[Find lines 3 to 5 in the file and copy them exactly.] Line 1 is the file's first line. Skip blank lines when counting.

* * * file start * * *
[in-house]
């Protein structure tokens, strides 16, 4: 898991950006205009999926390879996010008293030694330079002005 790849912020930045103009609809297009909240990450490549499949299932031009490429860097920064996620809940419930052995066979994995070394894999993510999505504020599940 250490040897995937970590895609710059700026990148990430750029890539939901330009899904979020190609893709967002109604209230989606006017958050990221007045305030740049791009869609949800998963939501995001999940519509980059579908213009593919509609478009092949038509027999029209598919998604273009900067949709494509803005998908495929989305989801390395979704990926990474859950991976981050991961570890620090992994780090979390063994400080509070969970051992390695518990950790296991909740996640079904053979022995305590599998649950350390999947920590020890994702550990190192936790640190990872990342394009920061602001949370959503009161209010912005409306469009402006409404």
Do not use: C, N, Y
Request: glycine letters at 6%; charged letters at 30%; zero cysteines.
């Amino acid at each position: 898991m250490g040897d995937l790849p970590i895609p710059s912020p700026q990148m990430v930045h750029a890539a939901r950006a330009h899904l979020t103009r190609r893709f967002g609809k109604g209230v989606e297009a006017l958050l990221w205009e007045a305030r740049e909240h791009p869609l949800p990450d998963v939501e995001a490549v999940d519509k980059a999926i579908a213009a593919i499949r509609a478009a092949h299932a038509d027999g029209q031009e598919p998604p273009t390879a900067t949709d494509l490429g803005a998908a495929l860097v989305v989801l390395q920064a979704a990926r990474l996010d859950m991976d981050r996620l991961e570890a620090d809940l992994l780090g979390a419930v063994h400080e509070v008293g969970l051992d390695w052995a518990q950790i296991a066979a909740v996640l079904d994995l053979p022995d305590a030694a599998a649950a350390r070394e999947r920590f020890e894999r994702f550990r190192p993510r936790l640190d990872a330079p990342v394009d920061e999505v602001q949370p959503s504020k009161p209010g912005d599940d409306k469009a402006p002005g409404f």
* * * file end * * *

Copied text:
Do not use: C, N, Y
Request: glycine letters at 6%; charged letters at 30%; zero cysteines.
């Amino acid at each position: 898991m250490g040897d995937l790849p970590i895609p710059s912020p700026q990148m990430v930045h750029a890539a939901r950006a330009h899904l979020t103009r190609r893709f967002g609809k109604g209230v989606e297009a006017l958050l990221w205009e007045a305030r740049e909240h791009p869609l949800p990450d998963v939501e995001a490549v999940d519509k980059a999926i579908a213009a593919i499949r509609a478009a092949h299932a038509d027999g029209q031009e598919p998604p273009t390879a900067t949709d494509l490429g803005a998908a495929l860097v989305v989801l390395q920064a979704a990926r990474l996010d859950m991976d981050r996620l991961e570890a620090d809940l992994l780090g979390a419930v063994h400080e509070v008293g969970l051992d390695w052995a518990q950790i296991a066979a909740v996640l079904d994995l053979p022995d305590a030694a599998a649950a350390r070394e999947r920590f020890e894999r994702f550990r190192p993510r936790l640190d990872a330079p990342v394009d920061e999505v602001q949370p959503s504020k009161p209010g912005d599940d409306k469009a402006p002005g409404f």